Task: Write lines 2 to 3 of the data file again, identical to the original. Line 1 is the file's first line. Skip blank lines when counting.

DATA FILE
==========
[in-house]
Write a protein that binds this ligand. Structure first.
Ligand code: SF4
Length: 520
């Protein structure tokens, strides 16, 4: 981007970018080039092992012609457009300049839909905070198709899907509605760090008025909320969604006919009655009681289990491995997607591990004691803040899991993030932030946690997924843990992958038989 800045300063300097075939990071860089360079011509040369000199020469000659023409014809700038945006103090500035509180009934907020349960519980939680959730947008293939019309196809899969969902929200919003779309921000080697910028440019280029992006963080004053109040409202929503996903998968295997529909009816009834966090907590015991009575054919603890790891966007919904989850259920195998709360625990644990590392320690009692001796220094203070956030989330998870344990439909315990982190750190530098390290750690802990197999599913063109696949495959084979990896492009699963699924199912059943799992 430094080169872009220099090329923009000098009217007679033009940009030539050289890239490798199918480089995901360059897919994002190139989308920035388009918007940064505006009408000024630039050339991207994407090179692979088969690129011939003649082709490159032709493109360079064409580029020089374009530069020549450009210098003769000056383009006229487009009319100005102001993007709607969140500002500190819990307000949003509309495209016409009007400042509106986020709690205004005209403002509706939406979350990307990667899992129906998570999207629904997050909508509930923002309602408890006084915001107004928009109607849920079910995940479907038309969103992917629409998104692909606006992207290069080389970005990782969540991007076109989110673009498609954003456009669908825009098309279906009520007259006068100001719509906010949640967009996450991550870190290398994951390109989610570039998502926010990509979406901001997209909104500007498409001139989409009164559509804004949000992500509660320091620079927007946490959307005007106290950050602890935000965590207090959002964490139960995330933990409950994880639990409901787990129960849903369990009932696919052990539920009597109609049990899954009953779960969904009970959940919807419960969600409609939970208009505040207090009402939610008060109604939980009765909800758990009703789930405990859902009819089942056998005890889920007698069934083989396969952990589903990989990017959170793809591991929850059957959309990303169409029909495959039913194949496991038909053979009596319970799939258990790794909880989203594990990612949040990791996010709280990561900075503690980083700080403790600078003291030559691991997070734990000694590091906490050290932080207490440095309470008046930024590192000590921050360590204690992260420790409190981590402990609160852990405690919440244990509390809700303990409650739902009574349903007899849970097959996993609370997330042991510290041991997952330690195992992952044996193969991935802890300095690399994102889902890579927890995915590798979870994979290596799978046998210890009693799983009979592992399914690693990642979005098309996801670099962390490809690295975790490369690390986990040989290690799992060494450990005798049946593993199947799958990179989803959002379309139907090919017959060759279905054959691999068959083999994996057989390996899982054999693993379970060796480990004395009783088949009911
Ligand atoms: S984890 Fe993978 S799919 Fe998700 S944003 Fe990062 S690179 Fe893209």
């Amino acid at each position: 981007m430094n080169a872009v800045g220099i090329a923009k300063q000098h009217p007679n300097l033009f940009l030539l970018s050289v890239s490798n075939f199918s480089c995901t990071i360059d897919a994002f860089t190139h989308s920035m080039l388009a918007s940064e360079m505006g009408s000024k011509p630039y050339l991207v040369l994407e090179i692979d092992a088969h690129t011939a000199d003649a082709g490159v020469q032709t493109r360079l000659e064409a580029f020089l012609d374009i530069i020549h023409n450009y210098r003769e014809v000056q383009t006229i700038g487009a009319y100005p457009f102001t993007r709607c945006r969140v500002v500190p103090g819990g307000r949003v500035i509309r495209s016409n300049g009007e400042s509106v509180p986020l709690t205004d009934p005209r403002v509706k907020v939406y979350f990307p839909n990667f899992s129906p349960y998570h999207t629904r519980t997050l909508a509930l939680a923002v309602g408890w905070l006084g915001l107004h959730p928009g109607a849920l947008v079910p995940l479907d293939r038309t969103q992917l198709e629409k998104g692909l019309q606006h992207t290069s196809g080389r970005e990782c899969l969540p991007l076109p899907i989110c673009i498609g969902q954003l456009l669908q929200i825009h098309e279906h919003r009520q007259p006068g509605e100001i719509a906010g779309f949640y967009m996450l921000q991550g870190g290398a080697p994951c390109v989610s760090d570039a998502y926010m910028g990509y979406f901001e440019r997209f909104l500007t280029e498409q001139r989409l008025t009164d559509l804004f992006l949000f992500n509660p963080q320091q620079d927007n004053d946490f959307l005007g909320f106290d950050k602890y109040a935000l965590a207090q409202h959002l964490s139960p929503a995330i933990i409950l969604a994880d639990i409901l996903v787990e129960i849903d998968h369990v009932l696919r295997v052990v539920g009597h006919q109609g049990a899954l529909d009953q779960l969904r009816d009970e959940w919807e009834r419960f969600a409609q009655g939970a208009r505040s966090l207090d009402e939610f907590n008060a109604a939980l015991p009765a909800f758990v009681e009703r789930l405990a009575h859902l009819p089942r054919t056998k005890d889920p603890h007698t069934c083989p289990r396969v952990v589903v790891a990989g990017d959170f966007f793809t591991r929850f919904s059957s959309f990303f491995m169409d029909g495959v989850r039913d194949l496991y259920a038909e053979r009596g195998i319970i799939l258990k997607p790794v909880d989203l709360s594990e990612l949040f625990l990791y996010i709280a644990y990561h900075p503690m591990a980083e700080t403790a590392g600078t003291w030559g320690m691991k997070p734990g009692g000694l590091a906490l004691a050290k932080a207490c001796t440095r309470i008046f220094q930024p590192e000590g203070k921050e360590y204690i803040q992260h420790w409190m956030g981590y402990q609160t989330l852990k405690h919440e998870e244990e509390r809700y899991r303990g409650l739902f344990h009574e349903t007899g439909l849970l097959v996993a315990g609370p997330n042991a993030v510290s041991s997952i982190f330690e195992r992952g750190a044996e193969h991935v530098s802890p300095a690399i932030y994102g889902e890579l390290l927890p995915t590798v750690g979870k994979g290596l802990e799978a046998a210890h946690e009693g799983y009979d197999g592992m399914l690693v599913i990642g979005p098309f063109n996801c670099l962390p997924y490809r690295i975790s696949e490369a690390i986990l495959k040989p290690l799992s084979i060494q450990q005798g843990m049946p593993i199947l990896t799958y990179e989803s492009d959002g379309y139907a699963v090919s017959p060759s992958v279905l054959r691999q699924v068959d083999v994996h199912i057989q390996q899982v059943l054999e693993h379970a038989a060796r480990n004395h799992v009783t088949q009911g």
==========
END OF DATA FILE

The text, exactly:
Write a protein that binds this ligand. Structure first.
Ligand code: SF4